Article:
If you create a free Socrata account, you can save your own analyses and link to or embed those.  Your analyses will always show the most recent data.  Other people can see what you’ve done, too.

We’ll continue to provide the data for download on our own Web site, but Socrata offers several additional opportunities.

Google Earth

Google Earth (third-party site disclaimer) lets you explore a virtual globe.  After a free download (it doesn’t run in a Web browser), you can get additional data files that map information about a wide variety of topics.  We’ve created a file you can download that includes some of our data and related information from other sources:

  • Sampling locations
  • Air monitoring locations and results for total volatile organic compounds (VOCs) and particulate matter (PM).
  • Links to EPA data, aerial photography and other information collected by our ASPECT air sampling plane, plus NASA, NOAA and the European Space Agency.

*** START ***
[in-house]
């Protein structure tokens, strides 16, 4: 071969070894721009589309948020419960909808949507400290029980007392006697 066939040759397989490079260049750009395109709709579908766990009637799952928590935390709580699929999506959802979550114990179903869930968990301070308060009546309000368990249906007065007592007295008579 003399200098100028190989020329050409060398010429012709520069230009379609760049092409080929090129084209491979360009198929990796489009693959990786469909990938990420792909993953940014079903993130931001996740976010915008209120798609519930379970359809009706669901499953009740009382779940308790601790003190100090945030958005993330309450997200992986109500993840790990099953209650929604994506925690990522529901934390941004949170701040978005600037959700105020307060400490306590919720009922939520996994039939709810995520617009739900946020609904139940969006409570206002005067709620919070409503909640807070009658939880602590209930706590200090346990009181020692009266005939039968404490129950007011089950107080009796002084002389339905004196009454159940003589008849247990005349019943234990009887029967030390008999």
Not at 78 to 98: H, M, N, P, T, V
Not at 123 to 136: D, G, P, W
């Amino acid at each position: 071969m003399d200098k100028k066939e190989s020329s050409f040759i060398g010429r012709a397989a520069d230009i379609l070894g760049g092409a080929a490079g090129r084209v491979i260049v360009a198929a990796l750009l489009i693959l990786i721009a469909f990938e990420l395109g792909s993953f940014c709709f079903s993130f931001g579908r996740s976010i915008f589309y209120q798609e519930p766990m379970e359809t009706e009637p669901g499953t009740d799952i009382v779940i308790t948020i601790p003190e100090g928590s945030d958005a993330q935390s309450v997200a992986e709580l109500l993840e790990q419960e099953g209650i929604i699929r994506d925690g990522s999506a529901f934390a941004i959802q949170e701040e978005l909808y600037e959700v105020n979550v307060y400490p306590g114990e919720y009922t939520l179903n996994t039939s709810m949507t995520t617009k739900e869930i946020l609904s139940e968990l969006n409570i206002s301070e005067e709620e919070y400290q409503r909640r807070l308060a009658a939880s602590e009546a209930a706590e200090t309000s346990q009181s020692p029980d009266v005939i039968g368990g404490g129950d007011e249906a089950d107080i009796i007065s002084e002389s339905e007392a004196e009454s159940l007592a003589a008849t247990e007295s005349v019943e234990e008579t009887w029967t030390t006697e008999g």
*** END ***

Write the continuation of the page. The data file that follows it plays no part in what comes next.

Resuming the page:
• National Geospatial Intelligence Agency (NGA) map of boom locations and daily tracking updates of the oil spill

And we’re working to add even more data.

Here’s a screen shot:
Screen shot of Google Earth with EPA oil spill data

We need your help!

I’m excited to share these tools, but we can always improve them.  In the comments section of this post, please give us your suggestions.  Some examples:

  • Filtered views to provide beyond just what we’ve detected
  • Different ways of sorting the data
  • Mashups (ways to combine the data with other information)

And if you create your own views or download the data and produce interesting stuff, let us know!

Update on July 14: we launched another new tool so you can download data.